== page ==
How Messi makes the earth move
When Lionel Messi scores another wonder strike, the city of Barcelona literally shakes.
Scientists have a seismometer installed close to the Camp Nou stadium and it picks up the telltale vibrations every time the crowd celebrates a goal.
There is a clear spike in the data as fans jump up and down.
And the seismogram that perhaps best captures this is Barça's "miracle comeback" against Paris Saint-Germain in last season's Champions League.
Four-nil down from the Round 16 first-leg, the team scored a last-minute goal to claim a famous 6-5 aggregate victory at home.
The wild delight of supporters is writ large.
This soccer seismology has been discussed here at the European Geosciences Union (EGU) General Assembly in Vienna, Austria.
It is the work of Jordi Díaz and colleagues at the Institute of Earth Sciences Jaume Almera in Catalonia's capital.
What Dr Díaz finds fascinating is the contrast in crowd signal between the movements of sports fans and those of music fans.
'Dancing in the Camp Nou' with Bruce Springsteen
The Camp Nou also hosts rock concerts. Bruce "The Boss" Springsteen played the venue in 2016.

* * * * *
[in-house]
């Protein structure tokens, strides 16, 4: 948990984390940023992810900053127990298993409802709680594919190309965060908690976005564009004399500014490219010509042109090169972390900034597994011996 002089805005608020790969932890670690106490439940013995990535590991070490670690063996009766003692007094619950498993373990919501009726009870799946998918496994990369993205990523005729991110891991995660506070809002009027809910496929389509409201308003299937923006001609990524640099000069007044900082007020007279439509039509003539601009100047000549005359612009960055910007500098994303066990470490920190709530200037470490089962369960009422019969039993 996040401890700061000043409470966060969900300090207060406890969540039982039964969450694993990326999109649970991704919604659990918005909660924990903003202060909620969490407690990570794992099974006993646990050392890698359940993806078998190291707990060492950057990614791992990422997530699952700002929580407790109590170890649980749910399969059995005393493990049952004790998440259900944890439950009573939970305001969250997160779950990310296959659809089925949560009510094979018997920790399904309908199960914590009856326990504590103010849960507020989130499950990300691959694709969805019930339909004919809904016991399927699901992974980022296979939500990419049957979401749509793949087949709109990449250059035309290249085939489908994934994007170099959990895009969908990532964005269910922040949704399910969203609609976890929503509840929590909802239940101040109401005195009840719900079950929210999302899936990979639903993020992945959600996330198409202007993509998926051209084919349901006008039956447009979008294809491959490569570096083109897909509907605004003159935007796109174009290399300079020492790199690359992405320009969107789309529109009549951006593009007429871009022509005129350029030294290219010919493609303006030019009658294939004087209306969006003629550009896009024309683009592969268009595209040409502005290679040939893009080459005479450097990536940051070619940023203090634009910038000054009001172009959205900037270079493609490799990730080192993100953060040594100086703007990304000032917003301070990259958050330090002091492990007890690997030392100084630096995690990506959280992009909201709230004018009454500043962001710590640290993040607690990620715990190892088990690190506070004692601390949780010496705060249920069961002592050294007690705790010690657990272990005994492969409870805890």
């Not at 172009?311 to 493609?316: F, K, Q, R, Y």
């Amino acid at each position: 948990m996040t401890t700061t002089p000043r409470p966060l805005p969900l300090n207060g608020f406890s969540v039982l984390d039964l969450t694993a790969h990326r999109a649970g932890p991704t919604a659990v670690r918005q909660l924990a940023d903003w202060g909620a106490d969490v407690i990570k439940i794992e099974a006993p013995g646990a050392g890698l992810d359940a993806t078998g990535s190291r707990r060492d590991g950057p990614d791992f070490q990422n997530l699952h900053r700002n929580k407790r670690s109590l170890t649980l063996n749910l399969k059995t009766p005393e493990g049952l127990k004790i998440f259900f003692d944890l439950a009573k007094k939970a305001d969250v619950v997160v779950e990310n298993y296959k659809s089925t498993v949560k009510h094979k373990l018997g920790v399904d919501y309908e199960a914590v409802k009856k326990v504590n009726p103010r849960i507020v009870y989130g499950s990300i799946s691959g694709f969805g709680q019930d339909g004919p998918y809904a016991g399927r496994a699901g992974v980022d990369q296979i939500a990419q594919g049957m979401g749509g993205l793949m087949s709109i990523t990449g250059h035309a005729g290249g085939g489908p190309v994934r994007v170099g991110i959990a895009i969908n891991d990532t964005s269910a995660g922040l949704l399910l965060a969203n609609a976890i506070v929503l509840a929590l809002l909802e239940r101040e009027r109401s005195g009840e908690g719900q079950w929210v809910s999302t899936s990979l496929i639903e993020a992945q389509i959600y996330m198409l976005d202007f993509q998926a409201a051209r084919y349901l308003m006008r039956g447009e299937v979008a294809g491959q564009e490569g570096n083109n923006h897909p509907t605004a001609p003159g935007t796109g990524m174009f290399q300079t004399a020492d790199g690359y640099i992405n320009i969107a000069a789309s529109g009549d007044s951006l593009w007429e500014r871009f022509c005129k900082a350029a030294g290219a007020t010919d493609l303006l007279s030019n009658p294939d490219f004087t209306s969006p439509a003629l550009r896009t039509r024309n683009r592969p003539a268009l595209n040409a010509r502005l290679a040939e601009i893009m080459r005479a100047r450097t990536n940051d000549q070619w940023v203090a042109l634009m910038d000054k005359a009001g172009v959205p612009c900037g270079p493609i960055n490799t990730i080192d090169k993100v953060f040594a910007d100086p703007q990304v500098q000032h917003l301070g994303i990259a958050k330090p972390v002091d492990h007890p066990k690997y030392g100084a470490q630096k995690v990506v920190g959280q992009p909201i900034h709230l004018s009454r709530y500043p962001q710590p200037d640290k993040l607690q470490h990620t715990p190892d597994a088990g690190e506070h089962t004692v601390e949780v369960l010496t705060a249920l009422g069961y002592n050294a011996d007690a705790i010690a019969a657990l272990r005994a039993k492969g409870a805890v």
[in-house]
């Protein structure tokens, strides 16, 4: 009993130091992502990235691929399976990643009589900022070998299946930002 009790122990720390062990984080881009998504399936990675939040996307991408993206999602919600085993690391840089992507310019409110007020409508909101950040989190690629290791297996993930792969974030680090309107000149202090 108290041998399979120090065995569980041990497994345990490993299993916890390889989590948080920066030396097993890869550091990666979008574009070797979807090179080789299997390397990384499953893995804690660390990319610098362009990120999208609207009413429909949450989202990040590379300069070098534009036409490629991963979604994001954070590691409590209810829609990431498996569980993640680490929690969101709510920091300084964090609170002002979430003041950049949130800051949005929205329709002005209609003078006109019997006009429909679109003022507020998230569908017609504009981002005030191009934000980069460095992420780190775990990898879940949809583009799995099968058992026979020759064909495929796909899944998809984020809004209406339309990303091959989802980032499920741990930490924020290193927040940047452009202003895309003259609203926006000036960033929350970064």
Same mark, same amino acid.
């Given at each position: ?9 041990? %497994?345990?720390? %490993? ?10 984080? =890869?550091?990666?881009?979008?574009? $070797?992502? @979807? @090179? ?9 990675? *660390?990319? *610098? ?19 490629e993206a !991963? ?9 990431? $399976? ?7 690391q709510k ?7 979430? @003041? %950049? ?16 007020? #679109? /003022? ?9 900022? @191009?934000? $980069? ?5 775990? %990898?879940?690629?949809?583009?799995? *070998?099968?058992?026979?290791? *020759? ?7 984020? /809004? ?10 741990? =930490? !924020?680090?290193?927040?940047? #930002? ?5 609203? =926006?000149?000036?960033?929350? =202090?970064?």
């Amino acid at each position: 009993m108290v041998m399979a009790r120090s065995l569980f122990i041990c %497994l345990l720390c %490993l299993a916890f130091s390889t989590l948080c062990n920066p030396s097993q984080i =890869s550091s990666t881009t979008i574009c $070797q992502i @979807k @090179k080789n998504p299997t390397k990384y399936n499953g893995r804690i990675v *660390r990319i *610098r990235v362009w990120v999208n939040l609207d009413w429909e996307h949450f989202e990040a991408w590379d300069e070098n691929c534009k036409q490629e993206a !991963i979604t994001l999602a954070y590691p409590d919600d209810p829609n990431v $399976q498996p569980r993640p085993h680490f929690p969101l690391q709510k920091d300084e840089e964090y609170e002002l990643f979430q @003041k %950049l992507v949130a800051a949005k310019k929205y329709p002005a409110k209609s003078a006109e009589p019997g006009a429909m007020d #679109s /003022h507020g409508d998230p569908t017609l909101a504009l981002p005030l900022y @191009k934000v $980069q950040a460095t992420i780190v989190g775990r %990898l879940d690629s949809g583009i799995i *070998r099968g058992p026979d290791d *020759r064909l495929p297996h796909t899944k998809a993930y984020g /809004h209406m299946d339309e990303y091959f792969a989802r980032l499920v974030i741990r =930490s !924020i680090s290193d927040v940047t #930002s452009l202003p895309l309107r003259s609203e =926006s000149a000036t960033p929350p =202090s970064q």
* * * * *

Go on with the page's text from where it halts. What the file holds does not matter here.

"The spectrogram shows time versus frequency; the colours are for energy," Dr Díaz explained.
"You can see that every song has a particular pattern, and you can identify from the seismic data when [Springsteen] moves from one song to another.
"But notice how in goal celebrations, the energy is distributed across the 1-10Hz band while in the rock concert you have what we call harmonic structures; energy is localised into precise amplitudes.
"This is because people are not jumping; they are dancing. It's rhythm."
Dr Díaz's broadband seismometer is positioned 500m from the stadium in the institute's basement.
At first, it was just an outreach project – something to help get the public enthused about his branch of science. But then his research group started to notice some interesting features that prompted genuine inquiry.
As well as following those Barça home games, the scientists are looking at the seismic patterns of traffic. A major avenue runs past the institute and it is possible to track the daily flow of vehicles, even detect the constant stop-start as the traffic lights run through their cycle.
The same is true for the subway and the timetable of train services.
"It may have started out as fun but we are now exploring the scientific aspects," Dr Díaz told BBC News. "One is to do with engineering, knowing things about how structures and buildings vibrate due to different movements of people. We're now contacting the engineering schools to see if there is some potential in this."
Jonathan.Amos-INTERNET@bbc.co.uk and follow me on Twitter: @BBCAmos